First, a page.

• Like 4

Share this post


Link to post
Share on other sites

Veda always seems to be standing a little bit taller than Mildred almost as though she is a bit better than Mildred. Which really adds to the character of Veda since she is such a loathsome pompous woman. At the end of the scene the camera goes in for a close up on Mildred you feel the emotions that roll off of Mildred, the shock at the assiduity of her daughter. The tension is so high strung as we are walking toward/up the staircase the by time Veda strikes Mildred we jump a little in our seats just from the impact. Although  we don't like Veda from the start we have barely scratched the surface, for later on in the film we see exactly how loathsome she can be.


This film can be viewed as an important contribution to film noir because it showcases the ability to tell a story in medias res. We sort of know whats going to happen but don't quite get there until later on.


  • Like 3

Share this post


Link to post
Share on other sites

The opening sequences are steeped in Noir, the dark beach house, the flash of shots, the shadows, the flickering lights, its powerful, and even I don't like Joan Crawford.

I totally agree with this. The use of shadows, the playing around with who's in control of the scene through the use of standing and sitting, going up the stairs and down, and the use of music to heighten the tension within the conflict. Film Noir is as much a visual experience as a play with plot and dialogue. Film Noir is meant to me seen (imo), heard, and experienced.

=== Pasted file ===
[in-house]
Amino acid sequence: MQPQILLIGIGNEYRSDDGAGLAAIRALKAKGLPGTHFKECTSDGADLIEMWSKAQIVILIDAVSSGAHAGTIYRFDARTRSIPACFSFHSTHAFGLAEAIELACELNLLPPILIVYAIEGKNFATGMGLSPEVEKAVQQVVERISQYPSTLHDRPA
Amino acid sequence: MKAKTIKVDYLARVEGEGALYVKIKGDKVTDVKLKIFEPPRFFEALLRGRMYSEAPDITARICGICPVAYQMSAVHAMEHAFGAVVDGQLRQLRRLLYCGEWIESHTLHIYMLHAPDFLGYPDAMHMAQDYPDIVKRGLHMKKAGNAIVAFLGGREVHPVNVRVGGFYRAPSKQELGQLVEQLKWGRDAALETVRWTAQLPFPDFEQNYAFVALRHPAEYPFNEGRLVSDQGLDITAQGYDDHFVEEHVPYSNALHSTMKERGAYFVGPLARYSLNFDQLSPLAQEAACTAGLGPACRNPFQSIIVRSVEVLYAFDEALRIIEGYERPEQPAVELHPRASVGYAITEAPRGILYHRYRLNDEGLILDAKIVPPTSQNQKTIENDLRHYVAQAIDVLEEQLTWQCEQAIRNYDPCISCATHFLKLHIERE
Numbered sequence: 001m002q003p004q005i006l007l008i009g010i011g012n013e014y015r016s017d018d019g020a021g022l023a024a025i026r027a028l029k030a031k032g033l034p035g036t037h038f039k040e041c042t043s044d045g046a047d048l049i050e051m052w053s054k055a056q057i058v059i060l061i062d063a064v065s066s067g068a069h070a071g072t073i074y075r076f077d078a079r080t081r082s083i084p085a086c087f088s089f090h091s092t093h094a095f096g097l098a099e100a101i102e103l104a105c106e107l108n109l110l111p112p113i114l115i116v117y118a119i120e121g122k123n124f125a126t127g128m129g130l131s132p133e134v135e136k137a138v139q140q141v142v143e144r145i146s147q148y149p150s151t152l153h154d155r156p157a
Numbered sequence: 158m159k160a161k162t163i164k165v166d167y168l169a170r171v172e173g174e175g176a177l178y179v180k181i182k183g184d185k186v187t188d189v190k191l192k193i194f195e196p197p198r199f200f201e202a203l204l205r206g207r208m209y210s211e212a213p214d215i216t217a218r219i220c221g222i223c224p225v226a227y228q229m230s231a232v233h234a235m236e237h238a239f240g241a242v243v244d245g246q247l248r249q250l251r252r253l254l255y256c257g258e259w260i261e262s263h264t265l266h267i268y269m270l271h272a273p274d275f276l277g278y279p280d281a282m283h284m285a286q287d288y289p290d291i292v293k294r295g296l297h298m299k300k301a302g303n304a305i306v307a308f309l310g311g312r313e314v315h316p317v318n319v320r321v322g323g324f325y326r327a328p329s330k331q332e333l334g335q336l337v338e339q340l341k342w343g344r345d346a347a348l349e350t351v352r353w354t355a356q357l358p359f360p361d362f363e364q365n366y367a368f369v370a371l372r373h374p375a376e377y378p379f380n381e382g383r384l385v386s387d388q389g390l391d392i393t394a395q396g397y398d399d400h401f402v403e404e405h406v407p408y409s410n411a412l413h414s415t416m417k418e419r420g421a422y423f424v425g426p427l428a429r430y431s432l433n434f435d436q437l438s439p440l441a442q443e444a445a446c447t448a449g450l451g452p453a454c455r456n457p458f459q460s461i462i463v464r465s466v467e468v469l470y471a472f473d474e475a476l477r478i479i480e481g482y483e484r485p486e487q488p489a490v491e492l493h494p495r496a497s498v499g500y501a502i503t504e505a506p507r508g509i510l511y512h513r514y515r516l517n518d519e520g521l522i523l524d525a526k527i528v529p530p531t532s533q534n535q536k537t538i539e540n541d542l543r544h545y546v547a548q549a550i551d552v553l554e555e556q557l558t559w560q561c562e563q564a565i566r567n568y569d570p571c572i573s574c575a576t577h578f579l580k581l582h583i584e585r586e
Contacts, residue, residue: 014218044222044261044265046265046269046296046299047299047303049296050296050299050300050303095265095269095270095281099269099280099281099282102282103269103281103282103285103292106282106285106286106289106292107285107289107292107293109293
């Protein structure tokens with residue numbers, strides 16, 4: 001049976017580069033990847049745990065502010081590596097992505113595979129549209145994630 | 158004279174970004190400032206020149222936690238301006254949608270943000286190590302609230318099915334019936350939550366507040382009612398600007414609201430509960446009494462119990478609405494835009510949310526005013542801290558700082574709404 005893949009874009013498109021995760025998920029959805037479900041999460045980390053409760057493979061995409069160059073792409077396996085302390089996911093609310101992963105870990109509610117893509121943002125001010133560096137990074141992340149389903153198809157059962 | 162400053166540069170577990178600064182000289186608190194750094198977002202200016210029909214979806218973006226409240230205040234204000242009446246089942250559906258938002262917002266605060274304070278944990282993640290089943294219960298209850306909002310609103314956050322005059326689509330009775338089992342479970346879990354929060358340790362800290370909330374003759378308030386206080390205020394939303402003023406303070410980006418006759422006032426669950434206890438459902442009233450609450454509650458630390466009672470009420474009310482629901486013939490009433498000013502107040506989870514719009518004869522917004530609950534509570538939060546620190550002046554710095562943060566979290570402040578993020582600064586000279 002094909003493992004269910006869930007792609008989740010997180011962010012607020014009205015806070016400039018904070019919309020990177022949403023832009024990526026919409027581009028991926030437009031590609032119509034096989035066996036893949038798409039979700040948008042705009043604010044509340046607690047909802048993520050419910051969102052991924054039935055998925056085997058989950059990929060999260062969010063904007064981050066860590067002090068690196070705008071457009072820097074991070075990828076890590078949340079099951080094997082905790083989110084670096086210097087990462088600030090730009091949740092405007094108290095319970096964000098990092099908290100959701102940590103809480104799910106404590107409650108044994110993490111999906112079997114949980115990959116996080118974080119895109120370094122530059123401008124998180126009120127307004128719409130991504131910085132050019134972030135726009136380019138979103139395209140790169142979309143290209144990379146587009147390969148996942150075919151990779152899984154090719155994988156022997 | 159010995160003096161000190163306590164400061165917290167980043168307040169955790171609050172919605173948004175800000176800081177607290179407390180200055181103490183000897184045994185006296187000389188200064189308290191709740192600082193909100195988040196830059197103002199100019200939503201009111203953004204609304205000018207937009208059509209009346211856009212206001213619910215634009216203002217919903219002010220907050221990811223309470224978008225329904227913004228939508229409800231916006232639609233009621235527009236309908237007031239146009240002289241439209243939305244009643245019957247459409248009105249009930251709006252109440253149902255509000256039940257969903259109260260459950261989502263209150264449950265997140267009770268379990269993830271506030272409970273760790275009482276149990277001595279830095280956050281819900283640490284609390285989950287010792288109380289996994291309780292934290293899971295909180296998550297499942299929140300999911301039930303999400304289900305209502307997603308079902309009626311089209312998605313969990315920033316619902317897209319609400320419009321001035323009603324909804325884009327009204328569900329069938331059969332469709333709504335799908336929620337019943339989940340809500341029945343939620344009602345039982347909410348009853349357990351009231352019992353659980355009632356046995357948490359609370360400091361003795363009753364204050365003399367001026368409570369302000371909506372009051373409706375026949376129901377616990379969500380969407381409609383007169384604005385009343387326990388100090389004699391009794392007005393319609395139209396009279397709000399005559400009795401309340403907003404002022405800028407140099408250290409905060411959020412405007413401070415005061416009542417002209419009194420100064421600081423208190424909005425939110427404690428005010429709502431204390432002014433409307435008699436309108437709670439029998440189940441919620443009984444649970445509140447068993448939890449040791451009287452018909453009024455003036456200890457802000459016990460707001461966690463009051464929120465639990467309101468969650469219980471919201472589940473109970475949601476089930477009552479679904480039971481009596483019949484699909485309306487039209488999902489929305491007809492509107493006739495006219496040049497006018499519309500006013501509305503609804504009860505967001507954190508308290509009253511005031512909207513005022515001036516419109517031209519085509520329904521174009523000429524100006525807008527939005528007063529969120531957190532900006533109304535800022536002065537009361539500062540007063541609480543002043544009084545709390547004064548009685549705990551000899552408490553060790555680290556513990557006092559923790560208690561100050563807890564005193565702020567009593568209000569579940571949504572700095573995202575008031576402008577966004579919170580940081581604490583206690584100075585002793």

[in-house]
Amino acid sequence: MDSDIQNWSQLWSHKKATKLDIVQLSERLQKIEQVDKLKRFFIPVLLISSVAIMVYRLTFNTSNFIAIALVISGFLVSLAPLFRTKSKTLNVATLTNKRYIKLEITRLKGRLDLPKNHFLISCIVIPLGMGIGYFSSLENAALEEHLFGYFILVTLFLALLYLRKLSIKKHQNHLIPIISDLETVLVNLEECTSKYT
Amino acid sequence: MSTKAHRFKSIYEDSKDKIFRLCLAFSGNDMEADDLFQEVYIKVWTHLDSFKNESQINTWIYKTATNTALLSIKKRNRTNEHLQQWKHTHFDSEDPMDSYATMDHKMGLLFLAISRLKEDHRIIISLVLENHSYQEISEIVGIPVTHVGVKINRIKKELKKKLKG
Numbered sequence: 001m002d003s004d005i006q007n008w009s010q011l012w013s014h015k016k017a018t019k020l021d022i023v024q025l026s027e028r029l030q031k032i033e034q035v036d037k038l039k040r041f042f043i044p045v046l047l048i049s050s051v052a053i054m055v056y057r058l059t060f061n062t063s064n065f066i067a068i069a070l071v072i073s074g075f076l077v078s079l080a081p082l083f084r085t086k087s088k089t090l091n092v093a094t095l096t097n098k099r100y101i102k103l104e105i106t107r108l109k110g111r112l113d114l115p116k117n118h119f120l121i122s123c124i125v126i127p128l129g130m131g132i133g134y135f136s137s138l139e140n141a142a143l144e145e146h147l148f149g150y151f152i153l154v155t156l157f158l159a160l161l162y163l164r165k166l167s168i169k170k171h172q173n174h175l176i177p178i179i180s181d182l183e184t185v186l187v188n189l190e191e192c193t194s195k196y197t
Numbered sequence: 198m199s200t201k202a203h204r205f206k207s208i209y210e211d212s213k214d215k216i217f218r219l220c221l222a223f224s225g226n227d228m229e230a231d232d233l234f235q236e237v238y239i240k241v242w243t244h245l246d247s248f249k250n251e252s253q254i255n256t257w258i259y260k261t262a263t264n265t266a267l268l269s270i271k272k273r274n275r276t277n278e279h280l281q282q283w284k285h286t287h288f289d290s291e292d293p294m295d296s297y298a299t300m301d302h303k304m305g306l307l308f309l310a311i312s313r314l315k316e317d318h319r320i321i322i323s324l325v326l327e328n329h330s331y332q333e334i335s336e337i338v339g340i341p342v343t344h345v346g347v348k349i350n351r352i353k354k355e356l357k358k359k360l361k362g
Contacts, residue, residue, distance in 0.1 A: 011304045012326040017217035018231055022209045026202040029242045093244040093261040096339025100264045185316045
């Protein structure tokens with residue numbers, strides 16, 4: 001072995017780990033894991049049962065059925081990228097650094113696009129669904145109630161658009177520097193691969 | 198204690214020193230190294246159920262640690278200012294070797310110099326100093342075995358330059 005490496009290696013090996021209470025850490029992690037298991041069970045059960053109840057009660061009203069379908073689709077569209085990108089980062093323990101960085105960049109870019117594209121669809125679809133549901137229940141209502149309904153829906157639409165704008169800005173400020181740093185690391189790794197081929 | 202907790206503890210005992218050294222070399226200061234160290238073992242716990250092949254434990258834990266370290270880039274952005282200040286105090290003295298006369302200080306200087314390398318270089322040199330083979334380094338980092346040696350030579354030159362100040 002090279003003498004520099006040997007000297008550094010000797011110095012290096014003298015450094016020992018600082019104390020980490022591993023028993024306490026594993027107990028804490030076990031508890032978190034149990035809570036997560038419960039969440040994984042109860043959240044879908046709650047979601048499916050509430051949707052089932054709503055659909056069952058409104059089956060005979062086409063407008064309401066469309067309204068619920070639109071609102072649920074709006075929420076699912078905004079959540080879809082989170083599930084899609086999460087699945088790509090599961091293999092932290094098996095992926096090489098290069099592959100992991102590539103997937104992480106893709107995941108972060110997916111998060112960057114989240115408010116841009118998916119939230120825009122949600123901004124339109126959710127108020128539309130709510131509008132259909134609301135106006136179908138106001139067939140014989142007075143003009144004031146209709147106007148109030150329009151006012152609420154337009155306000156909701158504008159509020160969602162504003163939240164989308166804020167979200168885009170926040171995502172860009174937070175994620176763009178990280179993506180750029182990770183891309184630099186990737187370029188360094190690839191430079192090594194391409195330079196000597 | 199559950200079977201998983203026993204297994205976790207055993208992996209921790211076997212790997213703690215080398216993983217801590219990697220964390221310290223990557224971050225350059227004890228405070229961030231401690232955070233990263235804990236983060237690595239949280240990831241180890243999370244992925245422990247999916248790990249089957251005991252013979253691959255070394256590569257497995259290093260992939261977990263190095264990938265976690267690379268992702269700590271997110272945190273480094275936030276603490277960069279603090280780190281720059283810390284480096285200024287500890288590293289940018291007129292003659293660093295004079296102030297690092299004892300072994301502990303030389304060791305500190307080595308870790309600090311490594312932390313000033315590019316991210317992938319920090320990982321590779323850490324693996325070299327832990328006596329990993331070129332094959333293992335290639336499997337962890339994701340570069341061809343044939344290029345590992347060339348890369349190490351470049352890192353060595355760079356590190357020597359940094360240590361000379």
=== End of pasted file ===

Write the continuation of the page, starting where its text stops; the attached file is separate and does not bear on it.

Share this post


Link to post
Share on other sites

I agree with DCRinAZ and others that initially. I did not see Mildred Pierce as film noir. But then I started seeing it on a few lists and tried to give it a second look. On that second look, I think Mildred Pierce does have an element of a tragic, pessimistic and fatalistic lifestyle that DCRinAZ mentioned. It's not evident at first but as the story wears on you can see it even if Mildred doesn't until the end. Everything she works for. ~ everything that she thinks will make her happy. ~ only makes things worse and leads to eventual tragedy. In some ways it's almost anti-capitalist movie ( but that's a political discussion for another day). Still not what I think of as classic noir but very noir like.

 

That being said I really like the way the director position the women in the scene. At five foot five I believe John Crawford was tall for actresses of that day. The director use this hight by having Vida lay down on the couch allowing Mildred to loom over her. Then as the argument progressed their height became more and more even until finally on the staircase Vida is taller than Mildred and eventually Vida slaps Mildred so she is standing over her. Of course in the end Mildred stand and is once again looming over Vida ~ or at least it looks that way from the camera angle. I had never noticed that before and probably wouldn't have still if the instructor hadn't mentioned the positioning of the women in the discussion questions

  • Like 1

Share this post


Link to post
Share on other sites

Having not seen Mildred Pierce yet, I have a feeling I'm going to be making some assumption here that may not be supported by the rest of the film.